Dolinv.Contemporary Financial Solutions, Inc.

United States District Court, D. ColoradoJul 6, 2009
Civil Action No. 08-cv-00675-WYD-BNB (D. Colo. Jul. 6, 2009)

Civil Action No. 08-cv-00675-WYD-BNB.

July 6, 2009


This matter is before me on the defendants' Unopposed Motion for Entry of Protective Order [Doc. # 36, filed 6/30/2009] (the "Motion"). The Motion is DENIED and the proposed Protective Order is REJECTED. The parties are granted leave to submit a revised proposed protective order consistent with the comments contained here.

In Gillard v. Boulder Valley School District, 196 F.R.D. 382 (D. Colo. 2000), I set out certain requirements for the issuance of a blanket protective order such as the one sought here. Among other things, I require that any information designated by a party as confidential must first be reviewed by a lawyer and that the designation as confidential must be "based on a good faith belief that [the information] is confidential or otherwise entitled to protection" under Fed.R.Civ.P. 26(c)(1)(G).Gillard, 196 F.R.D. at 386. In addition, I require that the protective order contain a mechanism by which a party may challenge the designation of information as privileged. The addendum to the Gillard decision is a form of protective order which contains a provision that satisfies this requirement:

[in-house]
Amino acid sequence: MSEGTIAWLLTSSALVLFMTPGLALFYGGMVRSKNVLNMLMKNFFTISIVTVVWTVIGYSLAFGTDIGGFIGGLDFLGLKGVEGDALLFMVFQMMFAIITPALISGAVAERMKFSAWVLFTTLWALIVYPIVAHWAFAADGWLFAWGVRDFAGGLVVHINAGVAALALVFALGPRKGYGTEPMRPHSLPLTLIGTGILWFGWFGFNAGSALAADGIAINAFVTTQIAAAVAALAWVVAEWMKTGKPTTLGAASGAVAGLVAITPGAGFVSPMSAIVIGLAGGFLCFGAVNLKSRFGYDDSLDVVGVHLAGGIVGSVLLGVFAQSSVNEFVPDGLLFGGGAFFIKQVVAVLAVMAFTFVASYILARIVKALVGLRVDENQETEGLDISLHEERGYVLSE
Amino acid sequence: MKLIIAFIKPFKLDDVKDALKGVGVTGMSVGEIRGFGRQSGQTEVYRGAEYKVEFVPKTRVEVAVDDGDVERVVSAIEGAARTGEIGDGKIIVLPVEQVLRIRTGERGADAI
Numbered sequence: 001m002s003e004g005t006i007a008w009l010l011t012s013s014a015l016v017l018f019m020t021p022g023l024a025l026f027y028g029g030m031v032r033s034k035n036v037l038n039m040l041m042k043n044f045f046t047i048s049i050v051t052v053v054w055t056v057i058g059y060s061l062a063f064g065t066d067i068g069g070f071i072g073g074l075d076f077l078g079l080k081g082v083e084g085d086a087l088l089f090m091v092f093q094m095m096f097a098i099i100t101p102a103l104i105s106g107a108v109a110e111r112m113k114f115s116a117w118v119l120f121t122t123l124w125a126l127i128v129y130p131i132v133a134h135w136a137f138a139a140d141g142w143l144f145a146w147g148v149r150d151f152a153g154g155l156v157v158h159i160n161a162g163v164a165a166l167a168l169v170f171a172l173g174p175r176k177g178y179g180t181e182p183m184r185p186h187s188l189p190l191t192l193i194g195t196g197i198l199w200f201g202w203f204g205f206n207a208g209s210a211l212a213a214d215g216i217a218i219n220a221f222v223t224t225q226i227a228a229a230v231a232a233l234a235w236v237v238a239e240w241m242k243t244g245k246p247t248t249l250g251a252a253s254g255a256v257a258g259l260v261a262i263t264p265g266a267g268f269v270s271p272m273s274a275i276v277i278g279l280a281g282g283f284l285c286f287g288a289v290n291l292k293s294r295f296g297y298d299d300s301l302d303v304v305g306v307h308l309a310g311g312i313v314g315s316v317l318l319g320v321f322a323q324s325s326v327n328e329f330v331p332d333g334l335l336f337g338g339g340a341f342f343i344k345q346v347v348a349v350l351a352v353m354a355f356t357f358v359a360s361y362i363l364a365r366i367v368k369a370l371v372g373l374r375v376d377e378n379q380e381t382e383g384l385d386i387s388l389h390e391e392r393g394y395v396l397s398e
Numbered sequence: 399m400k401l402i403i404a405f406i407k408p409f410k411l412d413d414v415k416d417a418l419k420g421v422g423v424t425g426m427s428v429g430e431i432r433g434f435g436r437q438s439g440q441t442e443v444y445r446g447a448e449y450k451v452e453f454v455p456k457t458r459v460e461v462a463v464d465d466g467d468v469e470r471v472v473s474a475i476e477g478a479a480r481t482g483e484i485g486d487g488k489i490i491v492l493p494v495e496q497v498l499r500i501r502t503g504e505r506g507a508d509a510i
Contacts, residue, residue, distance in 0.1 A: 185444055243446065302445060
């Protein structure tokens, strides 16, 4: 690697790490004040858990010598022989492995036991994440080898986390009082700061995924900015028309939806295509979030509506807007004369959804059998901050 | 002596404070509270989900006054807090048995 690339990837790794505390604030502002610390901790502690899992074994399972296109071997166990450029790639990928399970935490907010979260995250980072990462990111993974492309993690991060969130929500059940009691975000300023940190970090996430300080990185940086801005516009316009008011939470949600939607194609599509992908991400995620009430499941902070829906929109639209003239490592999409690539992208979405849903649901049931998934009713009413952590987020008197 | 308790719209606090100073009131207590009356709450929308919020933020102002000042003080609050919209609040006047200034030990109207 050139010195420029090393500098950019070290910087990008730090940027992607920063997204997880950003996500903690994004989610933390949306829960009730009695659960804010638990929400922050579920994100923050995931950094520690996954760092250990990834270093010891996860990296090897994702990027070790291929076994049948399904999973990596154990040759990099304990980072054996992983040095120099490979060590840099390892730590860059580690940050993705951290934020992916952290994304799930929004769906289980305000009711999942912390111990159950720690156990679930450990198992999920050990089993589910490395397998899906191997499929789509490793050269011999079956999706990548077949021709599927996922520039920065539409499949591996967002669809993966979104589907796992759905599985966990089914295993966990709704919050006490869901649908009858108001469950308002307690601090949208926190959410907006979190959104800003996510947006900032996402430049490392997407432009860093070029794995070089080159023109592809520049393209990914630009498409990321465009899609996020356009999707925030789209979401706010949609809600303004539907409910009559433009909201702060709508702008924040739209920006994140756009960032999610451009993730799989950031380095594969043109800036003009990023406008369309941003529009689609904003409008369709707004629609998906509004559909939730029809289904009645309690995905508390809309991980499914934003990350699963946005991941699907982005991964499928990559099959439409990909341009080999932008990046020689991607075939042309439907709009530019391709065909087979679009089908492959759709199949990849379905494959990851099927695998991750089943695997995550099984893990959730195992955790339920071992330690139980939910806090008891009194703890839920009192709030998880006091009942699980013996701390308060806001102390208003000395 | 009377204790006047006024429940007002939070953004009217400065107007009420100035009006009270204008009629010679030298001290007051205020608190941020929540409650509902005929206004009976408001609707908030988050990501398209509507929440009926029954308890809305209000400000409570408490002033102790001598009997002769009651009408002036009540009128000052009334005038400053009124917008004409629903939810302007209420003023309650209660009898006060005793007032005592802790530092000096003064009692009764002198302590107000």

A party may object to the designation of particular CONFIDENTIAL information by giving written notice to the party designating the disputed information. The written notice shall identify the information to which the objection is made. If the parties cannot resolve the objection within ten (10) business days after the time the notice is received, it shall be the obligation of the party designating the information as CONFIDENTIAL to file an appropriate motion requesting that the court determine whether the disputed information should be subject to the terms of this Protective Order. If such a motion is timely filed, the disputed information shall be treated as CONFIDENTIAL under the terms of this Protective Order until the Court rules on the motion. If the designating party fails to file such a motion within the prescribed time, the disputed information shall lose its designation as CONFIDENTIAL and shall not thereafter be treated as CONFIDENTIAL in accordance with this Protective Order. In connection with a motion filed under this provision, the party designating the information as CONFIDENTIAL shall bear the burden of establishing that good cause exists for the disputed information to be treated as CONFIDENTIAL.
Id. at 388-89.

The proposed protective order does not comply with the requirements established in Gillard. In particular, the proposed protective order improperly places the burden of filing a motion on the party challenging the designation as Confidential. That burden properly rests with the designating party, which is seeking protection.

IT IS ORDERED that the Motion is DENIED.